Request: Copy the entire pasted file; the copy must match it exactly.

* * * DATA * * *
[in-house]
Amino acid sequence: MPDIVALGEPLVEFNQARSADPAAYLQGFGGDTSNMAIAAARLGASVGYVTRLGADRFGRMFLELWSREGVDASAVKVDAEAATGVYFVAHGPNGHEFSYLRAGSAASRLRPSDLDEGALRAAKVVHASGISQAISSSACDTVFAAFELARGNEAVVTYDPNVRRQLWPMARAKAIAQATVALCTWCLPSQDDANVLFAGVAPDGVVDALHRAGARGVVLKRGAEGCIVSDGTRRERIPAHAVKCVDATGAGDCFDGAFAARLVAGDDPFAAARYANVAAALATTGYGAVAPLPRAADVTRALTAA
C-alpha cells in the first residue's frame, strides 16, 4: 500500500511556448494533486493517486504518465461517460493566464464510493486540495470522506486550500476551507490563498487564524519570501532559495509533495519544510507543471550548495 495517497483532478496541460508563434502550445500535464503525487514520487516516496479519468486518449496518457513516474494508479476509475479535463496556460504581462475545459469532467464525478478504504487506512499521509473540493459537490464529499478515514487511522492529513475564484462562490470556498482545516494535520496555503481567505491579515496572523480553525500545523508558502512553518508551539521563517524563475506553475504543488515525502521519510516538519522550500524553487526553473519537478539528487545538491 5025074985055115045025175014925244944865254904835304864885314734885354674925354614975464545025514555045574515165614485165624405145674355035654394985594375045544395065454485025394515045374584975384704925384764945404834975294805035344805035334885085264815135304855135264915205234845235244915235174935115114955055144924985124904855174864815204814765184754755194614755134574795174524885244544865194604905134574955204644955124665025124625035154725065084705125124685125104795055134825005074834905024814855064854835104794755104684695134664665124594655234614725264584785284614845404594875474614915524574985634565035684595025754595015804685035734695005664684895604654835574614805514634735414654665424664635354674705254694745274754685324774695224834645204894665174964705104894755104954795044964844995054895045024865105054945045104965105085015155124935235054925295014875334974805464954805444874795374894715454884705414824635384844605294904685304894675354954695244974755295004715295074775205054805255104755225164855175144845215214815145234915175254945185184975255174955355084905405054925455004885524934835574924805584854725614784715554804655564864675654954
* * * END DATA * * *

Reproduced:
[in-house]
Amino acid sequence: MPDIVALGEPLVEFNQARSADPAAYLQGFGGDTSNMAIAAARLGASVGYVTRLGADRFGRMFLELWSREGVDASAVKVDAEAATGVYFVAHGPNGHEFSYLRAGSAASRLRPSDLDEGALRAAKVVHASGISQAISSSACDTVFAAFELARGNEAVVTYDPNVRRQLWPMARAKAIAQATVALCTWCLPSQDDANVLFAGVAPDGVVDALHRAGARGVVLKRGAEGCIVSDGTRRERIPAHAVKCVDATGAGDCFDGAFAARLVAGDDPFAAARYANVAAALATTGYGAVAPLPRAADVTRALTAA
C-alpha cells in the first residue's frame, strides 16, 4: 500500500511556448494533486493517486504518465461517460493566464464510493486540495470522506486550500476551507490563498487564524519570501532559495509533495519544510507543471550548495 495517497483532478496541460508563434502550445500535464503525487514520487516516496479519468486518449496518457513516474494508479476509475479535463496556460504581462475545459469532467464525478478504504487506512499521509473540493459537490464529499478515514487511522492529513475564484462562490470556498482545516494535520496555503481567505491579515496572523480553525500545523508558502512553518508551539521563517524563475506553475504543488515525502521519510516538519522550500524553487526553473519537478539528487545538491 5025074985055115045025175014925244944865254904835304864885314734885354674925354614975464545025514555045574515165614485165624405145674355035654394985594375045544395065454485025394515045374584975384704925384764945404834975294805035344805035334885085264815135304855135264915205234845235244915235174935115114955055144924985124904855174864815204814765184754755194614755134574795174524885244544865194604905134574955204644955124665025124625035154725065084705125124685125104795055134825005074834905024814855064854835104794755104684695134664665124594655234614725264584785284614845404594875474614915524574985634565035684595025754595015804685035734695005664684895604654835574614805514634735414654665424664635354674705254694745274754685324774695224834645204894665174964705104894755104954795044964844995054895045024865105054945045104965105085015155124935235054925295014875334974805464954805444874795374894715454884705414824635384844605294904685304894675354954695244974755295004715295074775205054805255104755225164855175144845215214815145234915175254945185184975255174955355084905405054925455004885524934835574924805584854725614784715554804655564864675654954